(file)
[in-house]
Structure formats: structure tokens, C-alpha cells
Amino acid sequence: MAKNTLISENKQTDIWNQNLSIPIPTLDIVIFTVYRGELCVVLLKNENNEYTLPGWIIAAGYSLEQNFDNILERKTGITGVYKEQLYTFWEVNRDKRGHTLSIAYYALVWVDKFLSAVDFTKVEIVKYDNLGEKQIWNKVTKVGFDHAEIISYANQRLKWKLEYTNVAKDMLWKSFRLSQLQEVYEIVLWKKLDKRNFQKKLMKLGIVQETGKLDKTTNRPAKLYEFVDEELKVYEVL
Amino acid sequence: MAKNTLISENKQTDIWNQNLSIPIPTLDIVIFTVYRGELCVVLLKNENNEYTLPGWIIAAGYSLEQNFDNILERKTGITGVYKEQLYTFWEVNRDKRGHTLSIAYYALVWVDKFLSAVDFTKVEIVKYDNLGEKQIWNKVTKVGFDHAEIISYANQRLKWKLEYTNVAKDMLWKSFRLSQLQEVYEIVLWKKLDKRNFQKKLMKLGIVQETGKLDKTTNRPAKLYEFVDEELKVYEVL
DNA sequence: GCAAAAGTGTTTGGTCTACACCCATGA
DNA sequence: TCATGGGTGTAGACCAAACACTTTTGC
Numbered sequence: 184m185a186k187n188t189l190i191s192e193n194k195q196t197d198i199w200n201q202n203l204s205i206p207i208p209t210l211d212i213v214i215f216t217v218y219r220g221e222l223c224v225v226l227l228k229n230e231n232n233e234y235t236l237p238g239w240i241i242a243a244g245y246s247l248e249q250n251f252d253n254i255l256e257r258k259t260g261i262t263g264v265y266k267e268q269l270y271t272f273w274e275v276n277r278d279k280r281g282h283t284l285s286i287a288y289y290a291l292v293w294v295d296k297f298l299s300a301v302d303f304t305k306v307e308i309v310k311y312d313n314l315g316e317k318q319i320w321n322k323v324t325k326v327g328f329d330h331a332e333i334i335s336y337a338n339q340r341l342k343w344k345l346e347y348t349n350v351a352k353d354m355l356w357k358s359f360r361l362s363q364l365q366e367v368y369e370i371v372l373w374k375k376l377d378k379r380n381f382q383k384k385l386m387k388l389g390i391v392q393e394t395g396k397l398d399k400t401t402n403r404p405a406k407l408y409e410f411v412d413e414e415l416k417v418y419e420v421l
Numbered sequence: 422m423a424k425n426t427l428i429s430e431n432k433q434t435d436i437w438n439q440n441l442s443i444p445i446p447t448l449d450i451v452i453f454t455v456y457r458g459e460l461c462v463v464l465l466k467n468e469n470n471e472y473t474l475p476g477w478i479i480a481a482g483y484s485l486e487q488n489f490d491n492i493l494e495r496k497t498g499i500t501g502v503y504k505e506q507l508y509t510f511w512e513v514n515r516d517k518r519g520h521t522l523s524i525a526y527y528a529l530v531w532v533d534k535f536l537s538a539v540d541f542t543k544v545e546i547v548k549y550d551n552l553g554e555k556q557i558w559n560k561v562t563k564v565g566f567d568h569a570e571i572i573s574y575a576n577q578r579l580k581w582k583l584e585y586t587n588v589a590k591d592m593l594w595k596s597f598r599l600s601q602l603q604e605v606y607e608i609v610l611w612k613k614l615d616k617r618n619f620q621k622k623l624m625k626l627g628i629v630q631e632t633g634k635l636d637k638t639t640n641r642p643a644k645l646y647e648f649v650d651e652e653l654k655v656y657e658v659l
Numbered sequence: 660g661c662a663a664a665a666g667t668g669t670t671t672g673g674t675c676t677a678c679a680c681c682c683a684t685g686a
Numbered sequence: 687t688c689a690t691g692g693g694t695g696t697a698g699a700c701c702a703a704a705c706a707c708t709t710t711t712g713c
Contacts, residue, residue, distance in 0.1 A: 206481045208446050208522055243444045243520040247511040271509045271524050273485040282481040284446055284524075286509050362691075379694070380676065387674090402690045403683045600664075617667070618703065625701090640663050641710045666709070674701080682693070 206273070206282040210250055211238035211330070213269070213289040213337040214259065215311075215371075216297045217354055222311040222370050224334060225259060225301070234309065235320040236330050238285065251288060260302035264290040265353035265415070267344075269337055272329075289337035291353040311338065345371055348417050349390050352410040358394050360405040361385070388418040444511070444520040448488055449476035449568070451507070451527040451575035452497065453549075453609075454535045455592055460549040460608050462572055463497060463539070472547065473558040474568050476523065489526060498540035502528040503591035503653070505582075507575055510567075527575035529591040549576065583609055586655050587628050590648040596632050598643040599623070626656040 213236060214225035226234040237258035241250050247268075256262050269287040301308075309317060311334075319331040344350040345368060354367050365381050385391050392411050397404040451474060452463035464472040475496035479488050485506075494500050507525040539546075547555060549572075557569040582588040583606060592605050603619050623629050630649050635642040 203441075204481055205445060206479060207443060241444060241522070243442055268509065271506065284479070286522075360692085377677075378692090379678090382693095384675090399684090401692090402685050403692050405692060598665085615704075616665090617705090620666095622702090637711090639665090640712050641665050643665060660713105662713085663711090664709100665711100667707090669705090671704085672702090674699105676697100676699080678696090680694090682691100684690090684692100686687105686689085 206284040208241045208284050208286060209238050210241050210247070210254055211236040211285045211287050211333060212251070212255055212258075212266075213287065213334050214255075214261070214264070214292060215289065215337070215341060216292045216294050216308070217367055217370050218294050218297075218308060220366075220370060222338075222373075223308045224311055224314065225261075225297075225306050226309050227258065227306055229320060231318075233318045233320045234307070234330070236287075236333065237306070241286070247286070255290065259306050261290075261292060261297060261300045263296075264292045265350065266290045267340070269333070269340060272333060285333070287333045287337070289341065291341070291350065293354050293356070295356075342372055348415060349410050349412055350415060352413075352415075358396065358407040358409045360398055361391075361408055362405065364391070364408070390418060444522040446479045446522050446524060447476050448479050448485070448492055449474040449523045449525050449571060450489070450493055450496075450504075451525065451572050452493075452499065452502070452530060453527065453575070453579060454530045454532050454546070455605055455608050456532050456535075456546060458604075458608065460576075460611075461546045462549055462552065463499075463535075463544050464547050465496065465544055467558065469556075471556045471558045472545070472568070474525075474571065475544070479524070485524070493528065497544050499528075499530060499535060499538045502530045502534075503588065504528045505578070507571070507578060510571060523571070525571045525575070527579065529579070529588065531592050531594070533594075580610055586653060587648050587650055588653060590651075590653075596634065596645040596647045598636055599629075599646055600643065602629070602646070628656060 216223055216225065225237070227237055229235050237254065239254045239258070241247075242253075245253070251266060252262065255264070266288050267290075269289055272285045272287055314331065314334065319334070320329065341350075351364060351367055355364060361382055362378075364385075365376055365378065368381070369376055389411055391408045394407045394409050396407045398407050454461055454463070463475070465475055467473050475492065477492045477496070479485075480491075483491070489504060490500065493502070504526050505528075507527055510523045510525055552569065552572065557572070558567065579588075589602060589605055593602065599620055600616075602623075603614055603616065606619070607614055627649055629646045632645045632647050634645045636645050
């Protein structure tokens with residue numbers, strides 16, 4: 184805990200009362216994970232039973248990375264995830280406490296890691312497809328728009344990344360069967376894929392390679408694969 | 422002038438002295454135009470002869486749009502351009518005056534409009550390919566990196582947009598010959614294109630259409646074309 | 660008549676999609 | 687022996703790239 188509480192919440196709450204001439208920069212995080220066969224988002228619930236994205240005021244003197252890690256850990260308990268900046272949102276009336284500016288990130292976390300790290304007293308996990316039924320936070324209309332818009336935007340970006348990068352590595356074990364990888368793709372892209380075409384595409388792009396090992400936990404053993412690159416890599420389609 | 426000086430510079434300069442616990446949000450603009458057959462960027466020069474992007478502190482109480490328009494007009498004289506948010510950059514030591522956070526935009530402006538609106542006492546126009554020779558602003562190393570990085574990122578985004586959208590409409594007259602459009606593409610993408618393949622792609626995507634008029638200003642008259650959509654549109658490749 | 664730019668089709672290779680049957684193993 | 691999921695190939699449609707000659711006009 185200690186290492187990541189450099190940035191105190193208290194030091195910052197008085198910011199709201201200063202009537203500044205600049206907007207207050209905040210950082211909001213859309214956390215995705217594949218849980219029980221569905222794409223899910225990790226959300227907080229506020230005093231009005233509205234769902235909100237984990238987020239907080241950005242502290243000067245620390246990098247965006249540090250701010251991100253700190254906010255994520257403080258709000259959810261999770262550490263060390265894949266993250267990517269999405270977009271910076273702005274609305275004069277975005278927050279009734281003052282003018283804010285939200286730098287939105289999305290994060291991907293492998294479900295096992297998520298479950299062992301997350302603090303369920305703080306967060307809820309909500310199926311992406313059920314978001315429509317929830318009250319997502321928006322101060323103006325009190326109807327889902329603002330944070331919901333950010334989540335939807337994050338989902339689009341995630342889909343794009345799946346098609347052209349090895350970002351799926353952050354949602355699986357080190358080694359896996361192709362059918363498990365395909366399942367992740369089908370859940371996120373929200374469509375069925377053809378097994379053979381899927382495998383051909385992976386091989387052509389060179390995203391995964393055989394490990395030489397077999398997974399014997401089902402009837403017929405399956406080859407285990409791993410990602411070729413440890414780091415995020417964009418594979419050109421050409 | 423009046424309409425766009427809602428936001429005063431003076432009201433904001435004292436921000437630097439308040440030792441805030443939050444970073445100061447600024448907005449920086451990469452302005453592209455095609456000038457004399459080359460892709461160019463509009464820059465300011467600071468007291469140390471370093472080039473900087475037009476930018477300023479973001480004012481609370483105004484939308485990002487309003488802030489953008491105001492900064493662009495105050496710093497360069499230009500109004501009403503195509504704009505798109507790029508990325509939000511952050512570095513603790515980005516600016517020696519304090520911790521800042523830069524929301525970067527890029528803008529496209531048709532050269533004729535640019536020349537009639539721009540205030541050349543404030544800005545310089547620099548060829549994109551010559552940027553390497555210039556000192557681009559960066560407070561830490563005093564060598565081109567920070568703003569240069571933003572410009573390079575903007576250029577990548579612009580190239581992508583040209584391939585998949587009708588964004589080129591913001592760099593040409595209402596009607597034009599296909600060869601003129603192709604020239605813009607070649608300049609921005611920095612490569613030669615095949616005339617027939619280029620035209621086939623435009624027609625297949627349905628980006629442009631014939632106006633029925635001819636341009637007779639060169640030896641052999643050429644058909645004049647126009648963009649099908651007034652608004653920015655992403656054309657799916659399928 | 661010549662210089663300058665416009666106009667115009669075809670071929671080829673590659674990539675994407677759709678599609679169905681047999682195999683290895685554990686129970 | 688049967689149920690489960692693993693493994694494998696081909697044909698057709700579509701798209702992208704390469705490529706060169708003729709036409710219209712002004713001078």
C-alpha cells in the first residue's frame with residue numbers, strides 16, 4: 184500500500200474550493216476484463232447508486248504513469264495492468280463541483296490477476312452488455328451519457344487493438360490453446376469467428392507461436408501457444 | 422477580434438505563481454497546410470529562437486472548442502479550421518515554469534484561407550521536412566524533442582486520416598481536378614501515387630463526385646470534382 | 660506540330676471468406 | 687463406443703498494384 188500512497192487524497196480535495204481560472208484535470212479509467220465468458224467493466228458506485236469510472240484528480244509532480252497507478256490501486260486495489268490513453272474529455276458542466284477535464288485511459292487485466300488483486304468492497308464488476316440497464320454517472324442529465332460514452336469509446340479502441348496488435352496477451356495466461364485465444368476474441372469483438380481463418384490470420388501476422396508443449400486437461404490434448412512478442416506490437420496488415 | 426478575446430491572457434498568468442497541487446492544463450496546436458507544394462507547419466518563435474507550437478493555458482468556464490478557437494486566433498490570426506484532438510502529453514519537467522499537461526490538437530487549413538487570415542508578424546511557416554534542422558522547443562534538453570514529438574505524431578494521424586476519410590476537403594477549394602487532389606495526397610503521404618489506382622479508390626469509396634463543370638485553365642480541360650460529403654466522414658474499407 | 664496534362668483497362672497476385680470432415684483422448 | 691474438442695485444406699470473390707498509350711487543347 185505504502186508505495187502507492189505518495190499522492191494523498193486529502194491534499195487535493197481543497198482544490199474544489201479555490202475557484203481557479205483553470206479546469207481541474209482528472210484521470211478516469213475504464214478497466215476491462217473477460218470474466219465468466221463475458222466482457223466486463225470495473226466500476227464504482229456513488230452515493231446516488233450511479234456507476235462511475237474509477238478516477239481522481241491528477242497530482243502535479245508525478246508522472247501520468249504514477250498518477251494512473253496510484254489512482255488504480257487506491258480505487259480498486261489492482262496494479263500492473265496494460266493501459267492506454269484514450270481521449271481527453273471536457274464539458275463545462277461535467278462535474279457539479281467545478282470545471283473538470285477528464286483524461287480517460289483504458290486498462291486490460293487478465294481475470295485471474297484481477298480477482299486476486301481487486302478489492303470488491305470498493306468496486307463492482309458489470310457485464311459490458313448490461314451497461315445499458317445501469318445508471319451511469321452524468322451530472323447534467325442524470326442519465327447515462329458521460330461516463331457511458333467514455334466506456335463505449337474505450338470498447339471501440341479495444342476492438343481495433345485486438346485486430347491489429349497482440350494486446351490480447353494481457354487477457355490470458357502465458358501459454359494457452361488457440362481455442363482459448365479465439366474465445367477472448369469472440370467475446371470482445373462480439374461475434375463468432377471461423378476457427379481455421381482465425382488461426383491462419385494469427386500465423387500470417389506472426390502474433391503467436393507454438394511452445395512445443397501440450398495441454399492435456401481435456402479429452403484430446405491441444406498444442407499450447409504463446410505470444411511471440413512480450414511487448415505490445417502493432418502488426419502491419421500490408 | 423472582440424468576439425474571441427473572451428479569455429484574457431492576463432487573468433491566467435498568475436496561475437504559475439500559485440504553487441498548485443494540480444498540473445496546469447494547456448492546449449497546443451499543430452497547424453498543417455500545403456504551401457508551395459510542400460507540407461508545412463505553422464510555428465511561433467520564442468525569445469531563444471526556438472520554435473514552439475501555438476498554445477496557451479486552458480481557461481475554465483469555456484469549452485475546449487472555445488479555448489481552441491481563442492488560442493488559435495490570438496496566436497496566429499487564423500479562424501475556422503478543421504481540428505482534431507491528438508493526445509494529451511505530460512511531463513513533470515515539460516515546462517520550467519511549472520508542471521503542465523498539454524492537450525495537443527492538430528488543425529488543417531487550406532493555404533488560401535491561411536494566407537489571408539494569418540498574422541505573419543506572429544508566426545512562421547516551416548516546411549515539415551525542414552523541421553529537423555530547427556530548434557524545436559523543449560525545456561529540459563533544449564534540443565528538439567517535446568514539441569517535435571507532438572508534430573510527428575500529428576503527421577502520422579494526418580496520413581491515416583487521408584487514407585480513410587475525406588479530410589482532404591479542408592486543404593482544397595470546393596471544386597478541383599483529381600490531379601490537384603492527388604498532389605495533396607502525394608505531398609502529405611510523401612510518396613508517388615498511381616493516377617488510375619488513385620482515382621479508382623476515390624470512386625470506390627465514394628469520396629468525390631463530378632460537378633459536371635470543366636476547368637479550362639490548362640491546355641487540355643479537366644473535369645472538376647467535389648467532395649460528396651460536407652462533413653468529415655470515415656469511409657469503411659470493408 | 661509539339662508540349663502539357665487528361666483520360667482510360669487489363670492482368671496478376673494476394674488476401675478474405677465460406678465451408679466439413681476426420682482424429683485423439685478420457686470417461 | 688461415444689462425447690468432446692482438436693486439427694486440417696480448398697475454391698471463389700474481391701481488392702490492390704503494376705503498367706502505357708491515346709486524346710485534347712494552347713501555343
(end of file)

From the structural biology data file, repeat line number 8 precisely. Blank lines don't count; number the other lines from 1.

Numbered sequence: 422m423a424k425n426t427l428i429s430e431n432k433q434t435d436i437w438n439q440n441l442s443i444p445i446p447t448l449d450i451v452i453f454t455v456y457r458g459e460l461c462v463v464l465l466k467n468e469n470n471e472y473t474l475p476g477w478i479i480a481a482g483y484s485l486e487q488n489f490d491n492i493l494e495r496k497t498g499i500t501g502v503y504k505e506q507l508y509t510f511w512e513v514n515r516d517k518r519g520h521t522l523s524i525a526y527y528a529l530v531w532v533d534k535f536l537s538a539v540d541f542t543k544v545e546i547v548k549y550d551n552l553g554e555k556q557i558w559n560k561v562t563k564v565g566f567d568h569a570e571i572i573s574y575a576n577q578r579l580k581w582k583l584e585y586t587n588v589a590k591d592m593l594w595k596s597f598r599l600s601q602l603q604e605v606y607e608i609v610l611w612k613k614l615d616k617r618n619f620q621k622k623l624m625k626l627g628i629v630q631e632t633g634k635l636d637k638t639t640n641r642p643a644k645l646y647e648f649v650d651e652e653l654k655v656y657e658v659l